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Tennis of the future

As the Babolat Pure Drive Play, the world’s first interactive tennis racket, hits UK stores next week, the company’s CEO reveals that it has taken 10 years to bring the product to market.

The concept of “connected tennis” has been a decade in the making, but the introduction of Rule 31 by the International Tennis Federation in January, permitting the use of Player Analysis Technology during competition, has provided a timely opportunity for the French brand.

“I don’t think we can underestimate how significant it really was,” says Eric Babolat, owner and CEO of Babolat on the vote to permit smart equipment. “I really think it is a big move and it will bring a lot of value to everyone in the industry; for manufacturers, trainers, teachers and shops because we will have data of what is happening when people are playing, which is the core part of the game.

“This idea started in our minds ten years ago. It came from our engineers in our labs. It is difficult to qualify a tennis product because it is all about feel. Ten years ago we wanted data, but back then to equip the player he would have had to worn a backpack with a big battery and a lot of cables.”

On inspection, the only difference between the Pure Drive Play and the standard Pure Drive, one of Babolat’s best-selling rackets, is the butt cap. It may seem alien to charge up your tennis racket and turn it on before a match or training session, but sensors in the racket collect data and allow players to analyse their stats immediately via a Bluetooth connection with a smartphone or tablet, or via USB cable to a computer.

With data regarding shot power, ball impact and technique, players can track their progress over time by comparing different sessions, and measure their performance against friends, opponents and even the likes of Rafael Nadal and Li Na.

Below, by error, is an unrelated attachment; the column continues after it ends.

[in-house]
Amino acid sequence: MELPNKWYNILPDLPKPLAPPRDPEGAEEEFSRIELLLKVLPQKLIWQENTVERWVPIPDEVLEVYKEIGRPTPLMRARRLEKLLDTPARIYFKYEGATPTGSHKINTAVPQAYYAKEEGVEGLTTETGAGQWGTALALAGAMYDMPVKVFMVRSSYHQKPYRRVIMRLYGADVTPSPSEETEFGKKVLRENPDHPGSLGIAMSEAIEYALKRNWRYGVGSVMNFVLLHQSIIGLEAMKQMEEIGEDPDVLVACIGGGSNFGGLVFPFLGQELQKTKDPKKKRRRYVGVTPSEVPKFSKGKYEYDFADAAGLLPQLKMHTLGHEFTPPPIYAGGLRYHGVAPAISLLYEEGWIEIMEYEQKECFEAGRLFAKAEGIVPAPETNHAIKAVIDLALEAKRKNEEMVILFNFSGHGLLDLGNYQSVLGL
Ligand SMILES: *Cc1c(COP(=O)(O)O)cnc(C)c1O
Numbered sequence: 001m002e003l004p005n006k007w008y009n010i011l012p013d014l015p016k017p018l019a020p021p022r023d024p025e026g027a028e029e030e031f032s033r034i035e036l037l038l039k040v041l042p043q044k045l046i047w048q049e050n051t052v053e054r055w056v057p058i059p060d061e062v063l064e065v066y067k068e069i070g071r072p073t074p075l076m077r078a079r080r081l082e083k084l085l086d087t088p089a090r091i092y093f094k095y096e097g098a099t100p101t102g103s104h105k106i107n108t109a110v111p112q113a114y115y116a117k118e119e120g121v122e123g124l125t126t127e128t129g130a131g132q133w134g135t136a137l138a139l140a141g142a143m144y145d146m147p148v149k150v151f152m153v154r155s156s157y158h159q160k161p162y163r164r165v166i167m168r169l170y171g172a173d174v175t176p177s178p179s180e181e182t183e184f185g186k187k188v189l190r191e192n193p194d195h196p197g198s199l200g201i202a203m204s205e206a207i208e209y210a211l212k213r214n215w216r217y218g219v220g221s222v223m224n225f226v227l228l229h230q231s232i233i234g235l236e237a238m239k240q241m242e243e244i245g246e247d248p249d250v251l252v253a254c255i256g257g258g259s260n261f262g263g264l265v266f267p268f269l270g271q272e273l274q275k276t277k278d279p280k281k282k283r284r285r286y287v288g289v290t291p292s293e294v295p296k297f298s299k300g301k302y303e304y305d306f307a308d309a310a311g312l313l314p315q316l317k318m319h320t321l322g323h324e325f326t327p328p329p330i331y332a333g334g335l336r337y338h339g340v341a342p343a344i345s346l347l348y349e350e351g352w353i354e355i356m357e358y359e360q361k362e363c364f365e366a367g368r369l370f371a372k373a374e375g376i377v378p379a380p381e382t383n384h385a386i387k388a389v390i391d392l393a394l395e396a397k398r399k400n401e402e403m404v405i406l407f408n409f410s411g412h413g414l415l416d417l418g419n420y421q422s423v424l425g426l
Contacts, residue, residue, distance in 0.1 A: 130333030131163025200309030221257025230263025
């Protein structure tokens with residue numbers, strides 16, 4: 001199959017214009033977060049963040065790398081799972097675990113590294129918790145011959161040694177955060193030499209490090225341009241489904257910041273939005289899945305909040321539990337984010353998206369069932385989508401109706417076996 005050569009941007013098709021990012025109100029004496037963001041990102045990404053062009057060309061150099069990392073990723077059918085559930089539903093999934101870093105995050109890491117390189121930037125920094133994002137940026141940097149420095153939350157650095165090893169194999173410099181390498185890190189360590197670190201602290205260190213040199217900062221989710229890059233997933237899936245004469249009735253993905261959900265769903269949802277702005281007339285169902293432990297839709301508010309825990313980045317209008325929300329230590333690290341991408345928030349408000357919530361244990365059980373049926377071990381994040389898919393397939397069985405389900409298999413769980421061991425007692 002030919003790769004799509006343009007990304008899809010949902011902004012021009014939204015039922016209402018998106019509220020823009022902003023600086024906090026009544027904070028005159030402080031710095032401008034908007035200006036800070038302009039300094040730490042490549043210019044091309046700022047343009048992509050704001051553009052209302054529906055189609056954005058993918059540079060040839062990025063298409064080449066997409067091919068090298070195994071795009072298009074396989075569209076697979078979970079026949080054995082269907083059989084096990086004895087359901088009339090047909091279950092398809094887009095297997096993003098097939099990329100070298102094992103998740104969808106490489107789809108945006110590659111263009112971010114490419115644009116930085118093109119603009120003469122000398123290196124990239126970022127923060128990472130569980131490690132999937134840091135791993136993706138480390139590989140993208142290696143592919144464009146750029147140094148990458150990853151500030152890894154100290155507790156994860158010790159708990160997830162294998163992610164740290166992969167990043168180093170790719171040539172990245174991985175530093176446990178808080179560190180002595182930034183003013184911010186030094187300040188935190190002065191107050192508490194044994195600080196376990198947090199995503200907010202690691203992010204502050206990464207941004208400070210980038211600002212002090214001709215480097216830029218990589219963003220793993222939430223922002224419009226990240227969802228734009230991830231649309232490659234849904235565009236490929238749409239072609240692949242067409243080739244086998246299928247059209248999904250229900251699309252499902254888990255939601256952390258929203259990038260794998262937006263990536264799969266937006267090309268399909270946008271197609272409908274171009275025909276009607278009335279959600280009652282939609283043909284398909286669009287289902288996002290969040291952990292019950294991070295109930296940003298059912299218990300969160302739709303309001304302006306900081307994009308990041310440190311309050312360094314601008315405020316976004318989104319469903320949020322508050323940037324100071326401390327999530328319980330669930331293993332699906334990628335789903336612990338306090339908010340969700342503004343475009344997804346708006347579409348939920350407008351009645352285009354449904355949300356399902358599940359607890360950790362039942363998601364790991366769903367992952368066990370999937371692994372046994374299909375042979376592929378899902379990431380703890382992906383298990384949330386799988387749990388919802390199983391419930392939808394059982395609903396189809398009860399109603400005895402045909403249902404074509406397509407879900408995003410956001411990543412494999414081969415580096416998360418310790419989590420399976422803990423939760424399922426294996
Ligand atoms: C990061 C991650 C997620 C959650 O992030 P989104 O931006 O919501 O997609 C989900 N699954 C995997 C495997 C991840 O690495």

“You can see an image of your game on three axes; technique, endurance and power,” explains Babolat. “The size will grow if you improve and the more you play the faster it will beat like a heart.  Sharing it with your friends is an important part of the experience. You can see your worldwide ranking in the Play community and within your friendship group.”

Having launched in the USA in December after testing with 100 testers worldwide, the Babolat Play community has already passed the 4000 mark. The Play launches across Europe on May 19, but Babolat insists that any targets are subjective.

“It is more of a qualitative than quantitative target; as we do when we bring innovation we offer it to the market, we are a long-term oriented company so we give time to things,” he says. “What we want is that people test the racket and like it and tell their friends.

“It’s not a quantitative target, it’s really to demonstrate that the product we have developed is valuable and that people should try it. I think it addictive, when you try it you don’t want to play with a non-connected racket anymore!”

The Babolat Play is the first of its kind, but the other racket manufacturers are expected to follow suit – Babolat believes within ten years everyone will be playing with a smart tennis racket.

“We are the first racket to be approved by the ITF but we sincerely hope that other manufacturers are working on it,” he said. “I sincerely believe that within ten years all tennis rackets will be connected. I think it is good for the industry; it makes tennis cool. It gives another dimension to the game.

“Investment is key. Ten per cent of the people working at Babolat are working on innovation and trying to bring new things to tennis lovers because it comes from observation on the tour and in the clubs.  It is important to keep players in the game, to attract new players so I think it is positive for us as a brand but for the industry too.”